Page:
Judges’ Report – 2012

The panel of judges for the Sophie Coe Prize in Food History received 22 submissions to consider this year, of which there were several which stood out for particular discussion.  At the end of their deliberations they agreed that the winner of this year’s prize is the essay “Food on the Move” by Di Murrell.

Murrell’s piece stands out on several counts, as indicated by each of the judges, one of whom wrote:

“This paper opened a window into a now forgotten world of the canals which once served as the veins through which the commerce of the country flowed.  ‘Food On The Move’ brought the canals and boat people alive through their distinctive ways of eating, illustrating the power of food to evoke the past and reveal the very heart of a culture.  While it deals with canals in England, it opens up possibilities of studies of this kind in other countries and cultures, on different kinds of crafts – an area that has so far been overlooked in food history.  The detail is absolutely marvellous. This paper is in the great tradition of Florence White and Dorothy Hartley, but more historical and ethnographic. It is living history, a true contribution to culinary scholarship.”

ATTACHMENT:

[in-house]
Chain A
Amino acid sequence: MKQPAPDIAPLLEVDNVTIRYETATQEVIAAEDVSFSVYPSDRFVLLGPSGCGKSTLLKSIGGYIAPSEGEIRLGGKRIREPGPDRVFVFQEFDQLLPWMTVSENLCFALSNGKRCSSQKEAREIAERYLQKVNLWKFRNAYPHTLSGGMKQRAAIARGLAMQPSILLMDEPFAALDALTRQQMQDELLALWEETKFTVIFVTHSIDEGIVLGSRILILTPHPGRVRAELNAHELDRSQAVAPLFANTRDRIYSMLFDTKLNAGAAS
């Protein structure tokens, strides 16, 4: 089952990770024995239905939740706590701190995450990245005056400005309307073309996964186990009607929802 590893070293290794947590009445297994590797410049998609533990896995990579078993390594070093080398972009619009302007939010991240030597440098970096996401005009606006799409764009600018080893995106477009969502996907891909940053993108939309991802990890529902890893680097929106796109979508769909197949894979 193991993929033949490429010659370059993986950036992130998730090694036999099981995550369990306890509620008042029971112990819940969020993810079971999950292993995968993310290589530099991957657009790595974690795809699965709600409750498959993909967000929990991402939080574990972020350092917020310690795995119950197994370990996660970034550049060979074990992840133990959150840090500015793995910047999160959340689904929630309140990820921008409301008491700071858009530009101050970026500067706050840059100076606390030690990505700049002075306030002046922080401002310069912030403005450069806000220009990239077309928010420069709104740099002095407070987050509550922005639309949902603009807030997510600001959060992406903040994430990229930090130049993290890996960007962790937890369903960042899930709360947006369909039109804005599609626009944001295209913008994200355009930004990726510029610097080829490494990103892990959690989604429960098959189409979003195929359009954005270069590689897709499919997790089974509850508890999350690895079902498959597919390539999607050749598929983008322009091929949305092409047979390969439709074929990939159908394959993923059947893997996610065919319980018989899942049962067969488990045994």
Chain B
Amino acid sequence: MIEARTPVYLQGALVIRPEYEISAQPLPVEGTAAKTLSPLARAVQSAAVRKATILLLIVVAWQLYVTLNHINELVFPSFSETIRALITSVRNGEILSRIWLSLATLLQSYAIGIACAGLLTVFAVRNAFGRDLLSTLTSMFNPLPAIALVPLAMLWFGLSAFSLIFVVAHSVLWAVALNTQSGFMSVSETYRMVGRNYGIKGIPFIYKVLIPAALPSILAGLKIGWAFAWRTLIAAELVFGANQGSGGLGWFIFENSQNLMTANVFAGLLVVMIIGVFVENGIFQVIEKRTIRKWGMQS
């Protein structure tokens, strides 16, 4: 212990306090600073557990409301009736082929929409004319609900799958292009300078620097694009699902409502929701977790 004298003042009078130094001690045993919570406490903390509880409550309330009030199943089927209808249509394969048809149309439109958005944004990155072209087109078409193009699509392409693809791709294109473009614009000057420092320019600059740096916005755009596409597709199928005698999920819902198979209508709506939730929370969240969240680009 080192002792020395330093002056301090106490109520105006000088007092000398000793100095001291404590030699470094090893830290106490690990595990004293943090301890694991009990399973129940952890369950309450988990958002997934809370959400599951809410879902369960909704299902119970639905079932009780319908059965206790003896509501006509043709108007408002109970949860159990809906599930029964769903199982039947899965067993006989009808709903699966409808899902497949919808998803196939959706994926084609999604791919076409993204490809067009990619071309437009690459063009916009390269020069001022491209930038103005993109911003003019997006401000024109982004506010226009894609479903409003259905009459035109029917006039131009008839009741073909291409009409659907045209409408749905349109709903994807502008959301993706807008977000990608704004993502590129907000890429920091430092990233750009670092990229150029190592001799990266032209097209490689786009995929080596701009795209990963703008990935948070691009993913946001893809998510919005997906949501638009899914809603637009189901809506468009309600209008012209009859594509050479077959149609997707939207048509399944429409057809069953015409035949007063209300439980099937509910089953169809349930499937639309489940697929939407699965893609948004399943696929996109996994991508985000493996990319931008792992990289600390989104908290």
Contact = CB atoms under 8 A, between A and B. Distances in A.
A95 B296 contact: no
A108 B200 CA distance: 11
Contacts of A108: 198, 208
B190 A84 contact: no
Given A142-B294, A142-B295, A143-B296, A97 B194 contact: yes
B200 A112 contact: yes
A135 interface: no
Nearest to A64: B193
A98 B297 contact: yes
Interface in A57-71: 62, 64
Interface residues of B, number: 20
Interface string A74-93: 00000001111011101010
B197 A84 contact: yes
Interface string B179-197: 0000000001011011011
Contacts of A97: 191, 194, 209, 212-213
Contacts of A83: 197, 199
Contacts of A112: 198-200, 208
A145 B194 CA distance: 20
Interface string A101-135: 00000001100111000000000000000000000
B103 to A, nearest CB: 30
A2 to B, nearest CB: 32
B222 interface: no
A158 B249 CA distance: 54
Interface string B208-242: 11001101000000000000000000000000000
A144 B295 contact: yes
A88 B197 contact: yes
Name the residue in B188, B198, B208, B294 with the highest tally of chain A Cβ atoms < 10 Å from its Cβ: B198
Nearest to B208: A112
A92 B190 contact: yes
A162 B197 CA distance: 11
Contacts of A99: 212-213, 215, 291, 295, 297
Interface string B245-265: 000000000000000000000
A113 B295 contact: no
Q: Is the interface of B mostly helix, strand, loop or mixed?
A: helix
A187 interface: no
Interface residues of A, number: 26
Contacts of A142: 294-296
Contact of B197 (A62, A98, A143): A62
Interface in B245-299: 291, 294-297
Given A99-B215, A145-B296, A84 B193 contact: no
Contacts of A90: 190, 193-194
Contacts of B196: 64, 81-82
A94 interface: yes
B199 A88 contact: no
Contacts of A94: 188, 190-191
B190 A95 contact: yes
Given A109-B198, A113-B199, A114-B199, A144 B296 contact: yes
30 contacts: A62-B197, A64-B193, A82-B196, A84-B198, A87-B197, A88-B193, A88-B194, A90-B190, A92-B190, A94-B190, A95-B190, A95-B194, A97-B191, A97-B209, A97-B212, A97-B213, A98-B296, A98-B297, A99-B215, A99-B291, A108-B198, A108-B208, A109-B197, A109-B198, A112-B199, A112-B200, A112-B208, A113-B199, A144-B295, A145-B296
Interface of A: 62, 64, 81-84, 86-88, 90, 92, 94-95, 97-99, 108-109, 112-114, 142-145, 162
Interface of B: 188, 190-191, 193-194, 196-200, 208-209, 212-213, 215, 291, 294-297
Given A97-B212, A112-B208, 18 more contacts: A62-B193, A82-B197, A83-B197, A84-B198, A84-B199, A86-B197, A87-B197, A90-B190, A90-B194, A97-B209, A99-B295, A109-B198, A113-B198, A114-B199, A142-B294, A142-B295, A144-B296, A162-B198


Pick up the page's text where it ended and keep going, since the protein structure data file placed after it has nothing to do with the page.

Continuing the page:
A second judge commented:

“This one caught all of the judges’ eyes. It is an entertaining, original and catchy account of food habits on the canal boats of England’s inland waterways. It is a tale well told, full of interesting snippets collected from the author’s own experience and the anecdotal memories of retired boat people, with the prize being a glorious malapropism from a canal veteran who preferred to use ‘condemned’ milk rather than the ‘dilapidated’ variety for making custard.”

The third judge offered the following observations:

“Though the subject treated in Murrell’s essay is limited in scope, the essay is extremely engaging and the reader is ultimately rewarded with a fascinating, as well as entertaining, glimpse into the foodways of a small and marginalised segment of modern Britain’s population, people who within living memory had maintained a remarkably archaic set of strategies to procure and prepare their daily sustenance.  The strength of the writing, the value of the historical material presented, and the degree to which this essay might serve as an example for others to capture similarly overlooked foodways that might otherwise soon pass into oblivion — these qualities together render Murrell’s paper a deserving winner.”

While this year’s number of submissions was a good bit greater than last year’s, the judges agreed that we should urge those attending the symposium to submit appropriate pieces on food history and to publicise the prize among others whom they know who are actively working in the field, bearing in mind that submissions should be polished works of the highest quality, as exemplified by the writings on food history of the late Sophie Coe herself.

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